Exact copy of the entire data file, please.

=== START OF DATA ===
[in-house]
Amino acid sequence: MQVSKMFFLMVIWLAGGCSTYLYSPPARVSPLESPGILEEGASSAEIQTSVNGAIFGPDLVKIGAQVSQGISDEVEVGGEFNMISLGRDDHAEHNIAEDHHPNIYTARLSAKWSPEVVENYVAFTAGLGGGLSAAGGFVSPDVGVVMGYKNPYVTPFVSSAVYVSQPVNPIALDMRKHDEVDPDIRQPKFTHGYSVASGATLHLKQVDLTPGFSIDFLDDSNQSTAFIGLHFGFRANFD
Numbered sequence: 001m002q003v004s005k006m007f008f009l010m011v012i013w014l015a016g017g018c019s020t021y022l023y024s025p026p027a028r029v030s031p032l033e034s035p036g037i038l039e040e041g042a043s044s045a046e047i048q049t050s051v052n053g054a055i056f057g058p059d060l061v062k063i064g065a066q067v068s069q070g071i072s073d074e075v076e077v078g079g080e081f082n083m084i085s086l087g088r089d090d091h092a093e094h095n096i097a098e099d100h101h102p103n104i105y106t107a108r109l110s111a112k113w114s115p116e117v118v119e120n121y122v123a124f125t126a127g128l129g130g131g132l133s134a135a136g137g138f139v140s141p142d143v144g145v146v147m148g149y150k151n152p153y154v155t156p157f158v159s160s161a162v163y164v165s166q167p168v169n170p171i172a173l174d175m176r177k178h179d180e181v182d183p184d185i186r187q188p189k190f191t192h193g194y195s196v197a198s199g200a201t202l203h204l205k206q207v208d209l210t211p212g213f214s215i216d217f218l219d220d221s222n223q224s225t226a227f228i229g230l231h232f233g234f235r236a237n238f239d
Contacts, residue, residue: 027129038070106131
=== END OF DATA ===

[in-house]
Amino acid sequence: MQVSKMFFLMVIWLAGGCSTYLYSPPARVSPLESPGILEEGASSAEIQTSVNGAIFGPDLVKIGAQVSQGISDEVEVGGEFNMISLGRDDHAEHNIAEDHHPNIYTARLSAKWSPEVVENYVAFTAGLGGGLSAAGGFVSPDVGVVMGYKNPYVTPFVSSAVYVSQPVNPIALDMRKHDEVDPDIRQPKFTHGYSVASGATLHLKQVDLTPGFSIDFLDDSNQSTAFIGLHFGFRANFD
Numbered sequence: 001m002q003v004s005k006m007f008f009l010m011v012i013w014l015a016g017g018c019s020t021y022l023y024s025p026p027a028r029v030s031p032l033e034s035p036g037i038l039e040e041g042a043s044s045a046e047i048q049t050s051v052n053g054a055i056f057g058p059d060l061v062k063i064g065a066q067v068s069q070g071i072s073d074e075v076e077v078g079g080e081f082n083m084i085s086l087g088r089d090d091h092a093e094h095n096i097a098e099d100h101h102p103n104i105y106t107a108r109l110s111a112k113w114s115p116e117v118v119e120n121y122v123a124f125t126a127g128l129g130g131g132l133s134a135a136g137g138f139v140s141p142d143v144g145v146v147m148g149y150k151n152p153y154v155t156p157f158v159s160s161a162v163y164v165s166q167p168v169n170p171i172a173l174d175m176r177k178h179d180e181v182d183p184d185i186r187q188p189k190f191t192h193g194y195s196v197a198s199g200a201t202l203h204l205k206q207v208d209l210t211p212g213f214s215i216d217f218l219d220d221s222n223q224s225t226a227f228i229g230l231h232f233g234f235r236a237n238f239d
Contacts, residue, residue: 027129038070106131